SSM Health Medical Minute: Women and heart disease

The fact is: Heart disease is the number one killer of women, causing 1 in 3 deaths each year. That’s approximately one woman every minute!

Dr. Stephanie White, cardiologists at SSM Health St. Mary’s Hospital says the warning signs of a heart attack can be very different for women than they are for men. In the United States, 1 in 4 women dies from heart disease. The most common cause of heart disease in both men and women is narrowing or blockage of the coronary arteries, the blood vessels that supply blood to the heart itself. This is called coronary artery disease, and it happens slowly over time.

Nearly two-thirds of the women who die suddenly of coronary heart disease have no previous symptoms.

Symptoms to act on

Men and women can have any of these “classic” heart attack symptoms:
•Uncomfortable pressure, fullness, squeezing or pain in the center of the chest that lasts more than a few minutes or goes away and comes back.
•Discomfort in other areas of the upper body. Symptoms can include pain or discomfort in one or both arms, the back, neck, jaw or stomach.
•Shortness of breath with or without chest discomfort.
•Lightheadedness, fainting, sweating, nausea.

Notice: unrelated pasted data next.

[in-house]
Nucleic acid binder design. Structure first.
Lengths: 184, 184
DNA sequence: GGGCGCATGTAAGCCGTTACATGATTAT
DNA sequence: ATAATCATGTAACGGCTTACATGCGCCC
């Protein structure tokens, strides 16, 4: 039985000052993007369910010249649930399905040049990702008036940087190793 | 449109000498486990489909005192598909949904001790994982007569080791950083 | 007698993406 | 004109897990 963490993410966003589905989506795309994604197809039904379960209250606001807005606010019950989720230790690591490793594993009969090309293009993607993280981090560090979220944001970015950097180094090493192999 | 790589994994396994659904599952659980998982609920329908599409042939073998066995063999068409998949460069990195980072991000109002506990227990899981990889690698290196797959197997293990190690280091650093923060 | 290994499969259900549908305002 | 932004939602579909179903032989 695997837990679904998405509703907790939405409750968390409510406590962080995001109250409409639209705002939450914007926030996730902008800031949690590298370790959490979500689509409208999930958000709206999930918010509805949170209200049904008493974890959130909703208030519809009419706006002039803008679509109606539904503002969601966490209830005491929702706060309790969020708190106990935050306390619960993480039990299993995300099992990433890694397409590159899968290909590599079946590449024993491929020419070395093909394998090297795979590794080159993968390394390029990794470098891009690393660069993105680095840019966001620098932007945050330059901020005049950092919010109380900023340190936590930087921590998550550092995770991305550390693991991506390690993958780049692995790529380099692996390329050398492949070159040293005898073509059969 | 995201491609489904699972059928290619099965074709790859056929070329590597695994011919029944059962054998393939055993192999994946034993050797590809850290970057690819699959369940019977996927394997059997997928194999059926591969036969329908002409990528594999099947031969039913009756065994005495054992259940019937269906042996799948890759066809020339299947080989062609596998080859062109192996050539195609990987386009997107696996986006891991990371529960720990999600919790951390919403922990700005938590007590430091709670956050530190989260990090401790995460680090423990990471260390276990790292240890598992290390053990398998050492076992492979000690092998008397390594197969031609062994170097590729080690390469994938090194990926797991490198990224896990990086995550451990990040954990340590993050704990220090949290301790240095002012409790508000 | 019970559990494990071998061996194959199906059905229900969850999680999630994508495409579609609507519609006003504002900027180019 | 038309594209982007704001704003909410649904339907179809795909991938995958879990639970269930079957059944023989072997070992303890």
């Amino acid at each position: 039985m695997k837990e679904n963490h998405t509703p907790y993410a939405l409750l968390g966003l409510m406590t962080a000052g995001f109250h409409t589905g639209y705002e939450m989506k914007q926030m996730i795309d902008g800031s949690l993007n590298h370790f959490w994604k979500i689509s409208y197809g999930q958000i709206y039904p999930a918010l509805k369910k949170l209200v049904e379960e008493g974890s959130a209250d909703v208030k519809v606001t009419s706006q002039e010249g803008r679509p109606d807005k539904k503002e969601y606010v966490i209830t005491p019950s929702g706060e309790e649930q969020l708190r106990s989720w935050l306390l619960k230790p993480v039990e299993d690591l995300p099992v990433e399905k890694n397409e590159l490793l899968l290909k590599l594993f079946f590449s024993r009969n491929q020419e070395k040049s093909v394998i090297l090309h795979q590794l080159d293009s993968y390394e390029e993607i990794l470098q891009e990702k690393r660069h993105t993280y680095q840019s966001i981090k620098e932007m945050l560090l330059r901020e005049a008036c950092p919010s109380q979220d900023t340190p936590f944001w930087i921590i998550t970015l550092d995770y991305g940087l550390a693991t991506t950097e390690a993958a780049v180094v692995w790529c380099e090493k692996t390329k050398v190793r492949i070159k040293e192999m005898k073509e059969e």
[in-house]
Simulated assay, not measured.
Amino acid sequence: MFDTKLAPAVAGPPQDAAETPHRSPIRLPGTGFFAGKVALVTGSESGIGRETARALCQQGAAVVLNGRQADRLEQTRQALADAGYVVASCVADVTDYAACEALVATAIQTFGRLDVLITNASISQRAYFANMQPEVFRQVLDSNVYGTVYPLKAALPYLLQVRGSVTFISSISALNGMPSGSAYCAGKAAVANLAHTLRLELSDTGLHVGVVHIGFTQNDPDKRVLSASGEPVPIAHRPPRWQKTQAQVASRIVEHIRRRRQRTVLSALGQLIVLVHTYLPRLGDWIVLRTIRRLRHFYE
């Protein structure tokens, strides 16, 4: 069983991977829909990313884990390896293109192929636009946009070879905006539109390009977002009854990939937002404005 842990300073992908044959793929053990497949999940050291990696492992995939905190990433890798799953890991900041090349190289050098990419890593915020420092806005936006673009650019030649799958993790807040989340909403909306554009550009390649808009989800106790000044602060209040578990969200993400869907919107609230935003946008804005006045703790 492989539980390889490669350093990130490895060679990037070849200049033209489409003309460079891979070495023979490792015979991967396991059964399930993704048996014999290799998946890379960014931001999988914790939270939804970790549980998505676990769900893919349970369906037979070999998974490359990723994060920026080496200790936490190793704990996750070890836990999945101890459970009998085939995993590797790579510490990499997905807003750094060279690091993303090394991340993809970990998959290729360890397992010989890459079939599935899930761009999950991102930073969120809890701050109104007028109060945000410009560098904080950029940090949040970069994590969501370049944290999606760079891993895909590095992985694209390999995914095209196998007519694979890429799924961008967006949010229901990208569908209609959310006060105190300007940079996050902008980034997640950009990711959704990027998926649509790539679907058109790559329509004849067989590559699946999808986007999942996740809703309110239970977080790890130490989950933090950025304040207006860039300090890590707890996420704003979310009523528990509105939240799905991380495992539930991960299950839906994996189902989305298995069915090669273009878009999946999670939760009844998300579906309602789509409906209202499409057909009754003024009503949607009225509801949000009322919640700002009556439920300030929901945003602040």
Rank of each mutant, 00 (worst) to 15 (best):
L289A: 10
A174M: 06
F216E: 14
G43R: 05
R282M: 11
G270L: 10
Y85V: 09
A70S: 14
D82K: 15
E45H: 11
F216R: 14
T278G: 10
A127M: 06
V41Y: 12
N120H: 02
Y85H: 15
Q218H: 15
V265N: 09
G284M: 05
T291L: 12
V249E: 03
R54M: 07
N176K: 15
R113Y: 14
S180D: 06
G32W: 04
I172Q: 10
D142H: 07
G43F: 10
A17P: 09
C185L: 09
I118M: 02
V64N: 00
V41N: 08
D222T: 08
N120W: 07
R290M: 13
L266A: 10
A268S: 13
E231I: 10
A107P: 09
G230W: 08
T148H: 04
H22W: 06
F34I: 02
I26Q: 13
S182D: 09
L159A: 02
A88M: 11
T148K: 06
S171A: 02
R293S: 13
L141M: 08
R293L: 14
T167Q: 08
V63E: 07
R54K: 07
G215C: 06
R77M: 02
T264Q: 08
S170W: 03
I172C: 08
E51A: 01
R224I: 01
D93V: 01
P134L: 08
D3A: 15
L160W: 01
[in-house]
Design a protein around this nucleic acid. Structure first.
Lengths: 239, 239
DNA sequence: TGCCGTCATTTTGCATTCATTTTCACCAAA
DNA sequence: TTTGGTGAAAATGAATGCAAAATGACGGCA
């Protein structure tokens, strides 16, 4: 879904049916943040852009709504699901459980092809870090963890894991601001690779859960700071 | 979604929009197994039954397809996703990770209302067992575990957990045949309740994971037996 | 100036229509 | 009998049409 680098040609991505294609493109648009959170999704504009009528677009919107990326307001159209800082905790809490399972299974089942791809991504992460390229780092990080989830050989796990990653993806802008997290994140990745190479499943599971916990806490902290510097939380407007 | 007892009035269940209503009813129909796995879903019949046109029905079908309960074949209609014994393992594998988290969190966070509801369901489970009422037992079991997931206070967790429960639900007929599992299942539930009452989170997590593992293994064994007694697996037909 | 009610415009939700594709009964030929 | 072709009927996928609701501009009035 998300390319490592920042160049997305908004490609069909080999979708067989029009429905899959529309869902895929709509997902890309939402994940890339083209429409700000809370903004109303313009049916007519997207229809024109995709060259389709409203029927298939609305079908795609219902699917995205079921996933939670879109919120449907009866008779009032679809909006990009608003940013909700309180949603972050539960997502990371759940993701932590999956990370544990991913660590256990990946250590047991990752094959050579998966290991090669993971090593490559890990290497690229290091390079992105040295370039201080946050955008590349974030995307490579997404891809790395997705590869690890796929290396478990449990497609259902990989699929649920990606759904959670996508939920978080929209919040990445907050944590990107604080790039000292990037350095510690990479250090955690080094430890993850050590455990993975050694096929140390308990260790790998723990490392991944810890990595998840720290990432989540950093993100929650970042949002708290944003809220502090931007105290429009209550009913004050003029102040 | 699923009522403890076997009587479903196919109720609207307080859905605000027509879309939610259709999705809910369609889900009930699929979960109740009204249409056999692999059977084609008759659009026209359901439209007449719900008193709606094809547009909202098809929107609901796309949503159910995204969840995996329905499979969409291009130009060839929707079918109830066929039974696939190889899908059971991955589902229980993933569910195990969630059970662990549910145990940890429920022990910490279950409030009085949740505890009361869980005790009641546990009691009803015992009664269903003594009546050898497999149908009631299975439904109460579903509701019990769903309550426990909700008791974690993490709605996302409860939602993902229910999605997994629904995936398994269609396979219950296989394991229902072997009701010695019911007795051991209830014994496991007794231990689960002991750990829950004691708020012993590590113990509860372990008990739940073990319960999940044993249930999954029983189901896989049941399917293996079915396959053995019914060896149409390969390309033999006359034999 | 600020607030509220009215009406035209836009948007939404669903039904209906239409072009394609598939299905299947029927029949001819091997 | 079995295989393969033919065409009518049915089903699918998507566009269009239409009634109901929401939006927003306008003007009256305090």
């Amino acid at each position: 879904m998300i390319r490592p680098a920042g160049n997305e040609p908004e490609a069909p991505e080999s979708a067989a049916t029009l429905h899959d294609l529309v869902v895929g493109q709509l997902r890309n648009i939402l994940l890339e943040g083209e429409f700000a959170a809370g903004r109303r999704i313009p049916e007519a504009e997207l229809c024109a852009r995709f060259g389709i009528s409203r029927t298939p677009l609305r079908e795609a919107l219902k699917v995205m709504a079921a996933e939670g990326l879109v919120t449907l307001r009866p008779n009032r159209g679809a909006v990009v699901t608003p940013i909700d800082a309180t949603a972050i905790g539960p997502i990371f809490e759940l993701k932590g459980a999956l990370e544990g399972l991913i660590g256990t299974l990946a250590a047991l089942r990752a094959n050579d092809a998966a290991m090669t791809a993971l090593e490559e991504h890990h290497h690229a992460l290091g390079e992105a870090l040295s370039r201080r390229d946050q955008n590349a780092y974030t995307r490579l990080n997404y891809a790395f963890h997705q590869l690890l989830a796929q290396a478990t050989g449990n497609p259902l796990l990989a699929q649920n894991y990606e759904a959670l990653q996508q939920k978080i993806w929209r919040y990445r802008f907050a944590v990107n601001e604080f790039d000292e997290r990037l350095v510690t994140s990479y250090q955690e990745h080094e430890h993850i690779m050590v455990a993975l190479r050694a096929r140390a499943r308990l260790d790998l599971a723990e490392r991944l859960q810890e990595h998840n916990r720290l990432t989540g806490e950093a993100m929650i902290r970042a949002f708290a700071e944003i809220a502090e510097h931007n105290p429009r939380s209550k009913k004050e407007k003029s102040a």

•A feeling of indigestion.

Women may also experience these symptoms:
•Unusual chest pain, stomach or abdominal pain
•Vomiting or dizziness
•Unexplained anxiety, weakness or fatigue
•Palpitations, cold sweat or paleness

What to do if you experience symptoms
If you are experiencing symptoms, call 911 or go to the nearest emergency room immediately.

Lack of awareness of unique symptoms
Women’s heart attack symptoms are often different than men’s, so heart disease isn't always recognized right away.

A study in the journal Circulation shows that compared with men, women have a 50% greater chance of being delayed in an emergency setting. And because heart attack symptoms aren’t always clear cut, research shows women go to the hospital at least a full hour later than men do after experiencing a heart attack. As a result more heart damage can occur and more women than men will die within one year of a first recognized heart attack. Getting treatment quickly is critical for newer, lifesaving medicines and treatments to work.

Heart attack symptoms in women aren’t always obvious or the same as in men. Not all women have chest pain or discomfort. Sometimes, the only symptoms are shortness of breath, nausea, shoulder pain, weakness and fatigue. Or women may just experience a cold sweat and dizziness. However, some women do experience chest pain so it’s important to pay attention to that symptom.

These variations in symptoms are why heart attacks can be difficult to diagnose in women. But if you think you may be having a heart attack, don’t dismiss your instincts. Seek prompt medical attention.

To find out about Women’s Heart Health click here.